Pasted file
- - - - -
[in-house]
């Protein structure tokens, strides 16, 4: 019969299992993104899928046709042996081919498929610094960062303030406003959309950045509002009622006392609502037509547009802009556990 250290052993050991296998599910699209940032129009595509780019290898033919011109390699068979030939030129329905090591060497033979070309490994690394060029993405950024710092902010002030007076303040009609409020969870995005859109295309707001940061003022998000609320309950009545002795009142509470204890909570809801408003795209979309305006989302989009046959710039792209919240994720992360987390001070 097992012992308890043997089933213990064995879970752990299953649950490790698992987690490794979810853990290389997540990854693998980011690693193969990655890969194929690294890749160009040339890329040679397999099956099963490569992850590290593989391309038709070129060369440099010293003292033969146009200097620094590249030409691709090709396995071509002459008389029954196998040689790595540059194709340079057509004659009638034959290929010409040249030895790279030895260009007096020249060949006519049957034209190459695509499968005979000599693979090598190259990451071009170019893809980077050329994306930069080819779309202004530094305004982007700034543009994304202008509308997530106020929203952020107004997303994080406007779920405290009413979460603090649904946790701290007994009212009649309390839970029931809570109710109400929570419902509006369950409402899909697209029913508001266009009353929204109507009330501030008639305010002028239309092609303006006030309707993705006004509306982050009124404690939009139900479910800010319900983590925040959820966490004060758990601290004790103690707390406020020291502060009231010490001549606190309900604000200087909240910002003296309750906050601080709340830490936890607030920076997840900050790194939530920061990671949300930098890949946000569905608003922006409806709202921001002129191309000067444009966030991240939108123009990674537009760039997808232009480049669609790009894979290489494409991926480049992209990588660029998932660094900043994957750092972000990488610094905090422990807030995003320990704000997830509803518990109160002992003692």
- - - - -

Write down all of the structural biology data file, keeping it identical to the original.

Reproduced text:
[in-house]
């Protein structure tokens, strides 16, 4: 019969299992993104899928046709042996081919498929610094960062303030406003959309950045509002009622006392609502037509547009802009556990 250290052993050991296998599910699209940032129009595509780019290898033919011109390699068979030939030129329905090591060497033979070309490994690394060029993405950024710092902010002030007076303040009609409020969870995005859109295309707001940061003022998000609320309950009545002795009142509470204890909570809801408003795209979309305006989302989009046959710039792209919240994720992360987390001070 097992012992308890043997089933213990064995879970752990299953649950490790698992987690490794979810853990290389997540990854693998980011690693193969990655890969194929690294890749160009040339890329040679397999099956099963490569992850590290593989391309038709070129060369440099010293003292033969146009200097620094590249030409691709090709396995071509002459008389029954196998040689790595540059194709340079057509004659009638034959290929010409040249030895790279030895260009007096020249060949006519049957034209190459695509499968005979000599693979090598190259990451071009170019893809980077050329994306930069080819779309202004530094305004982007700034543009994304202008509308997530106020929203952020107004997303994080406007779920405290009413979460603090649904946790701290007994009212009649309390839970029931809570109710109400929570419902509006369950409402899909697209029913508001266009009353929204109507009330501030008639305010002028239309092609303006006030309707993705006004509306982050009124404690939009139900479910800010319900983590925040959820966490004060758990601290004790103690707390406020020291502060009231010490001549606190309900604000200087909240910002003296309750906050601080709340830490936890607030920076997840900050790194939530920061990671949300930098890949946000569905608003922006409806709202921001002129191309000067444009966030991240939108123009990674537009760039997808232009480049669609790009894979290489494409991926480049992209990588660029998932660094900043994957750092972000990488610094905090422990807030995003320990704000997830509803518990109160002992003692």